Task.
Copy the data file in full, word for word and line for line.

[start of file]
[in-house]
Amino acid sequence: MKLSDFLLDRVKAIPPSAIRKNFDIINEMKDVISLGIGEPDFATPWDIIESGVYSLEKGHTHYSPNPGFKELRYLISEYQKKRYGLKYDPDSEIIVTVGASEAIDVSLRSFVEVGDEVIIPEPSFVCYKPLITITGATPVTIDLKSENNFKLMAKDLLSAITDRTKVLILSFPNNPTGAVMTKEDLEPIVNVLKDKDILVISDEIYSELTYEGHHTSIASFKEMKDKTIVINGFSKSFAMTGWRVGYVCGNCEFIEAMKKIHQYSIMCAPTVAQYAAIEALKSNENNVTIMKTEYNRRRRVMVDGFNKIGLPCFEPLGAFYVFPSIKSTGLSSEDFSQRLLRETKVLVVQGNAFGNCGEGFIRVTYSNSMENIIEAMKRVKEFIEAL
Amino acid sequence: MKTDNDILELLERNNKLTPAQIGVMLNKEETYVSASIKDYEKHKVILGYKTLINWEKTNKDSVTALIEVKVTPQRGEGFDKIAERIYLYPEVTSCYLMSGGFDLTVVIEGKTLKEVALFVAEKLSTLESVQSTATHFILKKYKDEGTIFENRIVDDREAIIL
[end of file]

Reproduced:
[in-house]
Amino acid sequence: MKLSDFLLDRVKAIPPSAIRKNFDIINEMKDVISLGIGEPDFATPWDIIESGVYSLEKGHTHYSPNPGFKELRYLISEYQKKRYGLKYDPDSEIIVTVGASEAIDVSLRSFVEVGDEVIIPEPSFVCYKPLITITGATPVTIDLKSENNFKLMAKDLLSAITDRTKVLILSFPNNPTGAVMTKEDLEPIVNVLKDKDILVISDEIYSELTYEGHHTSIASFKEMKDKTIVINGFSKSFAMTGWRVGYVCGNCEFIEAMKKIHQYSIMCAPTVAQYAAIEALKSNENNVTIMKTEYNRRRRVMVDGFNKIGLPCFEPLGAFYVFPSIKSTGLSSEDFSQRLLRETKVLVVQGNAFGNCGEGFIRVTYSNSMENIIEAMKRVKEFIEAL
Amino acid sequence: MKTDNDILELLERNNKLTPAQIGVMLNKEETYVSASIKDYEKHKVILGYKTLINWEKTNKDSVTALIEVKVTPQRGEGFDKIAERIYLYPEVTSCYLMSGGFDLTVVIEGKTLKEVALFVAEKLSTLESVQSTATHFILKKYKDEGTIFENRIVDDREAIIL